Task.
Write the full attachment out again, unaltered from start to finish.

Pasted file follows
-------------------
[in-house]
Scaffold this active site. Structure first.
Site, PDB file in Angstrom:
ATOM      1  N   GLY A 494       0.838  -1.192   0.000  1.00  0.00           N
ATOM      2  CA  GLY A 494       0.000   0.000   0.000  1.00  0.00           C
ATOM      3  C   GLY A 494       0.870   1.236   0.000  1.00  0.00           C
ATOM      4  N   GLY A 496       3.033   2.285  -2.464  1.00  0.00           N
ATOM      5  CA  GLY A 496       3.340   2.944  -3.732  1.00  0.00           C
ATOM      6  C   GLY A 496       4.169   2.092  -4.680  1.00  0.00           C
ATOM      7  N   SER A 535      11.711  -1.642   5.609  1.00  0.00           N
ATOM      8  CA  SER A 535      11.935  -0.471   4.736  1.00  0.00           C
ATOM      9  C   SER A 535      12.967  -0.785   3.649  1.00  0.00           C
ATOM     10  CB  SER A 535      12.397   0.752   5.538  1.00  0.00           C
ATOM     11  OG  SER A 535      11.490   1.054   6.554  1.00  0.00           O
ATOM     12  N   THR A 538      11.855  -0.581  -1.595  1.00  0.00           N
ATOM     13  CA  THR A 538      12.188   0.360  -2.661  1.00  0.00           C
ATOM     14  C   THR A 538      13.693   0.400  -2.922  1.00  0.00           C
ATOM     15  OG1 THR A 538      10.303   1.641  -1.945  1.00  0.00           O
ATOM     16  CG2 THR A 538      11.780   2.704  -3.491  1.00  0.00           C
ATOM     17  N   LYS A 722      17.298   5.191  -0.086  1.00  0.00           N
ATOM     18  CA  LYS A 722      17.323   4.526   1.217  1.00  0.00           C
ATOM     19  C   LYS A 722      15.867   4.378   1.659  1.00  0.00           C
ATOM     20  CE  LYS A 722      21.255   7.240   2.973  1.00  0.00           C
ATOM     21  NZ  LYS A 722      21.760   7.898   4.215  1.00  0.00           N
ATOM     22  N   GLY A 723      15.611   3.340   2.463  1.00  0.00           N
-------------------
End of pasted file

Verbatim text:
[in-house]
Scaffold this active site. Structure first.
Site, PDB file in Angstrom:
ATOM      1  N   GLY A 494       0.838  -1.192   0.000  1.00  0.00           N
ATOM      2  CA  GLY A 494       0.000   0.000   0.000  1.00  0.00           C
ATOM      3  C   GLY A 494       0.870   1.236   0.000  1.00  0.00           C
ATOM      4  N   GLY A 496       3.033   2.285  -2.464  1.00  0.00           N
ATOM      5  CA  GLY A 496       3.340   2.944  -3.732  1.00  0.00           C
ATOM      6  C   GLY A 496       4.169   2.092  -4.680  1.00  0.00           C
ATOM      7  N   SER A 535      11.711  -1.642   5.609  1.00  0.00           N
ATOM      8  CA  SER A 535      11.935  -0.471   4.736  1.00  0.00           C
ATOM      9  C   SER A 535      12.967  -0.785   3.649  1.00  0.00           C
ATOM     10  CB  SER A 535      12.397   0.752   5.538  1.00  0.00           C
ATOM     11  OG  SER A 535      11.490   1.054   6.554  1.00  0.00           O
ATOM     12  N   THR A 538      11.855  -0.581  -1.595  1.00  0.00           N
ATOM     13  CA  THR A 538      12.188   0.360  -2.661  1.00  0.00           C
ATOM     14  C   THR A 538      13.693   0.400  -2.922  1.00  0.00           C
ATOM     15  OG1 THR A 538      10.303   1.641  -1.945  1.00  0.00           O
ATOM     16  CG2 THR A 538      11.780   2.704  -3.491  1.00  0.00           C
ATOM     17  N   LYS A 722      17.298   5.191  -0.086  1.00  0.00           N
ATOM     18  CA  LYS A 722      17.323   4.526   1.217  1.00  0.00           C
ATOM     19  C   LYS A 722      15.867   4.378   1.659  1.00  0.00           C
ATOM     20  CE  LYS A 722      21.255   7.240   2.973  1.00  0.00           C
ATOM     21  NZ  LYS A 722      21.760   7.898   4.215  1.00  0.00           N
ATOM     22  N   GLY A 723      15.611   3.340   2.463  1.00  0.00           N